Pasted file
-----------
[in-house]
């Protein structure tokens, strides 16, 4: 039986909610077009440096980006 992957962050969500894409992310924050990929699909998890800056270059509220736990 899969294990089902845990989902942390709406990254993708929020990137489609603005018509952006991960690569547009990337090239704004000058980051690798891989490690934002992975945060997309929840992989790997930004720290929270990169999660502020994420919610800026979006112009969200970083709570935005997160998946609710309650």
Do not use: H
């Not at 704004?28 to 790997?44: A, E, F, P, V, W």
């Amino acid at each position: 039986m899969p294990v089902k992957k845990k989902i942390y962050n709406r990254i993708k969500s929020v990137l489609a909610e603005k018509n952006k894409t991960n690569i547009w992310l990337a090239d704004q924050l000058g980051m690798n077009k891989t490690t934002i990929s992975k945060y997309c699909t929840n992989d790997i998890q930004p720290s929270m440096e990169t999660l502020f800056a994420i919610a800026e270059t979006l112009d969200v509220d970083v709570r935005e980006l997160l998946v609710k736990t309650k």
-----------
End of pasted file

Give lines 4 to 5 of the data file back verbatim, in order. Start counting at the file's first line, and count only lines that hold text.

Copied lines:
């Not at 704004?28 to 790997?44: A, E, F, P, V, W």
């Amino acid at each position: 039986m899969p294990v089902k992957k845990k989902i942390y962050n709406r990254i993708k969500s929020v990137l489609a909610e603005k018509n952006k894409t991960n690569i547009w992310l990337a090239d704004q924050l000058g980051m690798n077009k891989t490690t934002i990929s992975k945060y997309c699909t929840n992989d790997i998890q930004p720290s929270m440096e990169t999660l502020f800056a994420i919610a800026e270059t979006l112009d969200v509220d970083v709570r935005e980006l997160l998946v609710k736990t309650k």